After the devastation of the Great Depression, Franklin D. Roosevelt developed a new plan. This New Deal was aimed toward short and long ranged relief, recovery, and reform for the suffering American economy. His program embraced such progressive ideas as unemployment insurance, old-age insurance, minimum-wage restrictions, conservation and development of natural resources, and restrictions on child labor. Many acts of administration were passed by Congress in order to improve American society and the depressed lifestyle.
One such act was the Agricultural Adjustment Act. During the Depression, farming conditions became very desperate as countless mortgages were foreclosed and as "embattled farmers tried to prevent shipment of crops to glutted markets." Congress established the Agricultural Adjustment Administration (AAA) in an effort toward farm recovery. The AAA established "parity prices" for basic supplies. The "parity was the price set for a product that gave it the same real value, in purchasing power, that it had enjoyed during the period from 1909 to 1914." The agency also paid farmers to reduce their crop acreage in an effort to eliminate surpluses. Millions of dollars were needed for payments and so processors of farm products were taxed in order to raise the money. "Subsidized scarcity" did effectively raise farm income, but many were opposed to the ideas. "Paying farmers not to farm actually increased unemployment." FDR's New Deal strove to achieve a lower unemployment rate. The supreme court finally declared the taxation provisions unconstitutional, and the original AAA was killed.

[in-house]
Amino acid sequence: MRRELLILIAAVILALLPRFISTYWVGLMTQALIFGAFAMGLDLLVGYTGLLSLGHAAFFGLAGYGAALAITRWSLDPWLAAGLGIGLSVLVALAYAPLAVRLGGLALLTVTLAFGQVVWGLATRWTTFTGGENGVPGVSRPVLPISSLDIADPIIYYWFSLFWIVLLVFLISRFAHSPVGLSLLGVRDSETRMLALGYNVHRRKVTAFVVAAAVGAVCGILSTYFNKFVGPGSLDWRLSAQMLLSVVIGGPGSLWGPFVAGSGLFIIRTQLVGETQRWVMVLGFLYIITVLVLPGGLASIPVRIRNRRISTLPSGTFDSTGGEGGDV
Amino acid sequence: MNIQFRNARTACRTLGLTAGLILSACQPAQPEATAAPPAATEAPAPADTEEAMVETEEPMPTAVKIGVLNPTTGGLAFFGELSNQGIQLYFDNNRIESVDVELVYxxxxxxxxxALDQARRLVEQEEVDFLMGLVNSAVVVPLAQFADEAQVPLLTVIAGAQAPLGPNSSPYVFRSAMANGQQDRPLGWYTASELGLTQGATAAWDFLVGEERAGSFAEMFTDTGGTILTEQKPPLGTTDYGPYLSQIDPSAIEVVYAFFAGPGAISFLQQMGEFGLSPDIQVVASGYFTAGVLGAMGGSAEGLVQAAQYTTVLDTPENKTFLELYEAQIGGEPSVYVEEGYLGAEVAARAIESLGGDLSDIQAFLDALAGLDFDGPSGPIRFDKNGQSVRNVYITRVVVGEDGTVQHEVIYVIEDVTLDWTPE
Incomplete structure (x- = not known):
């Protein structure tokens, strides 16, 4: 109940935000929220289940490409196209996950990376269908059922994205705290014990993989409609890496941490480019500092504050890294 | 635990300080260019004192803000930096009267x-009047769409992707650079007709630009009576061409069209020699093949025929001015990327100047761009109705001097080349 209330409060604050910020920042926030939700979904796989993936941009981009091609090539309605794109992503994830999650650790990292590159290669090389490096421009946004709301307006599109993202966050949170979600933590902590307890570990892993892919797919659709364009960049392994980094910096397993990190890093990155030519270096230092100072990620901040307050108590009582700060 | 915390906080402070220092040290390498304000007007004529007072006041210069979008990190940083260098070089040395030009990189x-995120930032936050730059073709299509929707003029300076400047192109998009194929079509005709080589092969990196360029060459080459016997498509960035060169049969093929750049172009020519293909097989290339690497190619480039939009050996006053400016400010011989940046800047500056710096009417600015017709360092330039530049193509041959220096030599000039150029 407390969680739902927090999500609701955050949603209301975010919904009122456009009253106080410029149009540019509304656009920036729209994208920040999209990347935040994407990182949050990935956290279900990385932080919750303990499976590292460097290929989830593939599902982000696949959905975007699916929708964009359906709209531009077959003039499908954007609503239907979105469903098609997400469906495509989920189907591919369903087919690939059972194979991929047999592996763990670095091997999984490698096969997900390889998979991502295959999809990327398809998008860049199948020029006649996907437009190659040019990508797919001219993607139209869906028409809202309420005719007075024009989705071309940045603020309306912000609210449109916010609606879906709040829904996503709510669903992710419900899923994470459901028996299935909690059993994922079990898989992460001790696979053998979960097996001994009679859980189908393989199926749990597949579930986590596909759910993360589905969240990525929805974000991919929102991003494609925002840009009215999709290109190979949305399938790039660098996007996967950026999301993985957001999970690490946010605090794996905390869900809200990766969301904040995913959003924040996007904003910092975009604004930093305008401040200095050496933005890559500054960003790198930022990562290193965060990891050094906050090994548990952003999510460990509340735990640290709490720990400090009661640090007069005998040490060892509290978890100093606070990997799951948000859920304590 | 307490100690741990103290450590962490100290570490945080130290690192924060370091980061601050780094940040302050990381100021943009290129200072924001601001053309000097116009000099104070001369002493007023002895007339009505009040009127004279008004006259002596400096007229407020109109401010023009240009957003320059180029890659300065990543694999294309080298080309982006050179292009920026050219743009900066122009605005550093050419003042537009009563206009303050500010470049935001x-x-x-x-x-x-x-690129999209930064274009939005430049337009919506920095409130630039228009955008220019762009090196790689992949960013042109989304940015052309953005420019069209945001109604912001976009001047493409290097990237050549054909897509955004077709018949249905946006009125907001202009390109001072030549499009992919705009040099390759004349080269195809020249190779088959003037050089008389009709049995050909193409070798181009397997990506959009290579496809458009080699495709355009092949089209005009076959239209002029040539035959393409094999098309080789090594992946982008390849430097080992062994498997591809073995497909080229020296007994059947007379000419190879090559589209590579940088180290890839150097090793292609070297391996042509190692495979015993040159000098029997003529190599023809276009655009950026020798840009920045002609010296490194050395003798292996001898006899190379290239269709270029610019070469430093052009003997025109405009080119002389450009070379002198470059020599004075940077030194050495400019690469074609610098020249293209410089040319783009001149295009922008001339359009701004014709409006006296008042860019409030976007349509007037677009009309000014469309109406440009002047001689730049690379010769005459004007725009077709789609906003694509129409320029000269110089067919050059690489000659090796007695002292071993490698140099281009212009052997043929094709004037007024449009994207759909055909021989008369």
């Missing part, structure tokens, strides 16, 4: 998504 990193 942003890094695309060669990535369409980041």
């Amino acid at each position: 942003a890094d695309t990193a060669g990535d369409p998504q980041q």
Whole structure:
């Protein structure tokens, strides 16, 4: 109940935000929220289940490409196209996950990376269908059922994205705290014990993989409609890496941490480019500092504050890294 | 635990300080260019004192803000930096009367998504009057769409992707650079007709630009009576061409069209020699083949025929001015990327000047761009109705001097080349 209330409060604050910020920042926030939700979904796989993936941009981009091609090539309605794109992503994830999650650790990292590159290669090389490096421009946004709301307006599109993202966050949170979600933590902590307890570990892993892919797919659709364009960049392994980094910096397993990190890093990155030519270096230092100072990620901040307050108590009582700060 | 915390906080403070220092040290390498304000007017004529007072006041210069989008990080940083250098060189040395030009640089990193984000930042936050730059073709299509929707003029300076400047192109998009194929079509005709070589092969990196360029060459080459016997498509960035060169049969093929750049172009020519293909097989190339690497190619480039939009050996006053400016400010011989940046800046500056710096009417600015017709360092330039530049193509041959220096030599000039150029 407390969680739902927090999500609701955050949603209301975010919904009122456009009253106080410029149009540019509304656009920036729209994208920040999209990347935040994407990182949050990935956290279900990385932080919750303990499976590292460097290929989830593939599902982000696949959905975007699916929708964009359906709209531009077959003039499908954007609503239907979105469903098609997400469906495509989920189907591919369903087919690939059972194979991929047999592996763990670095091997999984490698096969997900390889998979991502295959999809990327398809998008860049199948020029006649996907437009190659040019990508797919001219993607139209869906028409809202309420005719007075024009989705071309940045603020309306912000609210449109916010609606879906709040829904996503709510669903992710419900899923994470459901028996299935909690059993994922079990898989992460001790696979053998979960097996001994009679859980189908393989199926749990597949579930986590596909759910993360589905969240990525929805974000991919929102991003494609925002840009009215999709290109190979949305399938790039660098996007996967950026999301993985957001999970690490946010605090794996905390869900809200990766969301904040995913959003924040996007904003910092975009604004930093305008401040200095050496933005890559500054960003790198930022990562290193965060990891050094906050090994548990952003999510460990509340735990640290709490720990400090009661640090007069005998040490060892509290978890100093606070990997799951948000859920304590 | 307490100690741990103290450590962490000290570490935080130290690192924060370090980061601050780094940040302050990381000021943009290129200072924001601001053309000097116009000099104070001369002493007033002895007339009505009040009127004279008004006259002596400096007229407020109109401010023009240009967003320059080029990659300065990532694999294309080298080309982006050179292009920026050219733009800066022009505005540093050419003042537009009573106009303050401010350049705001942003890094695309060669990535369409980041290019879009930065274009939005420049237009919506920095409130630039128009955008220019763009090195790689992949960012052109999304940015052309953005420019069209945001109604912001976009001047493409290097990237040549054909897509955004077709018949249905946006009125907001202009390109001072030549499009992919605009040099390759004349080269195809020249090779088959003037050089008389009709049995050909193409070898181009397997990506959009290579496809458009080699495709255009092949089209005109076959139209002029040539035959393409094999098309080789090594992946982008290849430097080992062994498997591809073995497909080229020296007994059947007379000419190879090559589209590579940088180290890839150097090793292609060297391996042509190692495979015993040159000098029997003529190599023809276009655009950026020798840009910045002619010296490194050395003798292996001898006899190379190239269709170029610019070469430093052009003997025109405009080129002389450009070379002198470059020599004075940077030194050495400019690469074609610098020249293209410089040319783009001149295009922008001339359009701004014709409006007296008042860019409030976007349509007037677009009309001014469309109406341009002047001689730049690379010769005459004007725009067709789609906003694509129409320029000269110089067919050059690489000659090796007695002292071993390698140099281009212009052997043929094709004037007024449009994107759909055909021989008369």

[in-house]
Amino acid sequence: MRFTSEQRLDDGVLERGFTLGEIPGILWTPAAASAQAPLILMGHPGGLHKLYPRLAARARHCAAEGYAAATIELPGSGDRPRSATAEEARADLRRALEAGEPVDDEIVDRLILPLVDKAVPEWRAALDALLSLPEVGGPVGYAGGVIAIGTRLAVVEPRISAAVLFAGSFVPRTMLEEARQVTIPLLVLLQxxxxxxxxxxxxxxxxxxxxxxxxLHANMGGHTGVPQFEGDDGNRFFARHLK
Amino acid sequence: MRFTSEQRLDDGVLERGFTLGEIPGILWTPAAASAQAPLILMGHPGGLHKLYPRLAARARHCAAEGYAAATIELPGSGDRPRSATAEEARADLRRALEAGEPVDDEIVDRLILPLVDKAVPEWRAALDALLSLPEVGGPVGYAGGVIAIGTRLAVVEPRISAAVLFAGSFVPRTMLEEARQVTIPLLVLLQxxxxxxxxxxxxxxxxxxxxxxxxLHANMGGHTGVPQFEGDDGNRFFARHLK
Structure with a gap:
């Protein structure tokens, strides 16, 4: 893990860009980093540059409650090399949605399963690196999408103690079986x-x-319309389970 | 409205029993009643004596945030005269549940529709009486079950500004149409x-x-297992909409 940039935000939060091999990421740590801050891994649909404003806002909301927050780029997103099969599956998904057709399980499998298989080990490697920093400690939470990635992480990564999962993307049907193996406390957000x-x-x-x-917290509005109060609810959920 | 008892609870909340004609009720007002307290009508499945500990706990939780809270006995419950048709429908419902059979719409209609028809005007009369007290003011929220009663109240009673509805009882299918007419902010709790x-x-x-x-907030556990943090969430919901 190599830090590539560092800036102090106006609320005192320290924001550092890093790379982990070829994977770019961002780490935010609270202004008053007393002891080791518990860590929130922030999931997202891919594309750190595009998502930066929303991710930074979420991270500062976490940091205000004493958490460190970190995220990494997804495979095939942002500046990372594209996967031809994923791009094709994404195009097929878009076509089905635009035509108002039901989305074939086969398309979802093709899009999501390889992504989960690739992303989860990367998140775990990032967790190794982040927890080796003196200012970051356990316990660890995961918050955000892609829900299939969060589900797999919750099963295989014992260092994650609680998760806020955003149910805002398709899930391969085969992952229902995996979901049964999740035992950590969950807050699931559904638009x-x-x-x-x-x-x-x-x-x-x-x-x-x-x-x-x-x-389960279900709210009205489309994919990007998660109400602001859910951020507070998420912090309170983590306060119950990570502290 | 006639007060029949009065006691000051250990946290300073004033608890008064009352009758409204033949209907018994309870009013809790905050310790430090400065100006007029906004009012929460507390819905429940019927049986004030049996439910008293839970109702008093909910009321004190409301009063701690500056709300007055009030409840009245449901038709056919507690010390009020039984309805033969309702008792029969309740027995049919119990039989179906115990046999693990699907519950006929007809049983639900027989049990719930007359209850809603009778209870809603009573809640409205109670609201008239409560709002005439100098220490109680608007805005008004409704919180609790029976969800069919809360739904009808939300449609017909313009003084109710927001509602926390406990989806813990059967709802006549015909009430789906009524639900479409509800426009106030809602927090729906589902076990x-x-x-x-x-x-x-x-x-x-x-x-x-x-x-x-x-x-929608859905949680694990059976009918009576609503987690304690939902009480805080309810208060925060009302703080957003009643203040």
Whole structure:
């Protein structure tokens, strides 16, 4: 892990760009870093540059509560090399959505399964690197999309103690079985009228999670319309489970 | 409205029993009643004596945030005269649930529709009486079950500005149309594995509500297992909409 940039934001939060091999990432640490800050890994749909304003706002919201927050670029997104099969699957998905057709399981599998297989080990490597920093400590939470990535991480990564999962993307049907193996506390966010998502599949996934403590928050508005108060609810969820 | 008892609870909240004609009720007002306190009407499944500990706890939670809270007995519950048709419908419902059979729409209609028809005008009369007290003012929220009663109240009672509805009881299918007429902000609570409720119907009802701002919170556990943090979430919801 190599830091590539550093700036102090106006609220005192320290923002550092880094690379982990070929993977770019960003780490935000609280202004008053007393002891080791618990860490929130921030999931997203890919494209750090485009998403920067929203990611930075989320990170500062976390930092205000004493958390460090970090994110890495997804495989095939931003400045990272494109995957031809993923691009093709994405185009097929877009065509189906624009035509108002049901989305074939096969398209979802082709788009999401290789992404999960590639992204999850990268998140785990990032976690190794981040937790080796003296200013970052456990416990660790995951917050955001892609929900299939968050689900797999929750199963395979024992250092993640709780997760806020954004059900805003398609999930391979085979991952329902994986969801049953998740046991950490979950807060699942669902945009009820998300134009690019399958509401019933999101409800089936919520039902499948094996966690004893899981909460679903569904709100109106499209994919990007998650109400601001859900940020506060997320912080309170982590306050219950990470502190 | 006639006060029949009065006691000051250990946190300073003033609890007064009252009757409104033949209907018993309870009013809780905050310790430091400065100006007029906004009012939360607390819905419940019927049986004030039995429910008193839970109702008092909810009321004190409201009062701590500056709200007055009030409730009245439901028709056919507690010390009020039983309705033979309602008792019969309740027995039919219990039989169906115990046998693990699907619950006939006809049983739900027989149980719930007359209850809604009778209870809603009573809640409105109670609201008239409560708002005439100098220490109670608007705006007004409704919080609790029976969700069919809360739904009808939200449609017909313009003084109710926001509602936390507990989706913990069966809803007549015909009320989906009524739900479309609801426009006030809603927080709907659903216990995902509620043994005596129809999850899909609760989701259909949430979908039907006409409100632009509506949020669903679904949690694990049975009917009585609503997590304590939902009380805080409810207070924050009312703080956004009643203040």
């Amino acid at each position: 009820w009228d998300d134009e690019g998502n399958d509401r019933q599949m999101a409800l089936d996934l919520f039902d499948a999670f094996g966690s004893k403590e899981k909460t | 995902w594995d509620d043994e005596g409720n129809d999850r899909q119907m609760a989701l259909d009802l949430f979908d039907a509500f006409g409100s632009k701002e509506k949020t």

The Social Security Act of 1935 was one of the "most complicated and far reaching laws ever to pass Congress." The act provided for federal-state unemployment insurance. "To provide security for old age, specified categories of retired workers were to receive regular payments from Washington. These payments ranged from ten to eighty five dollars a month...
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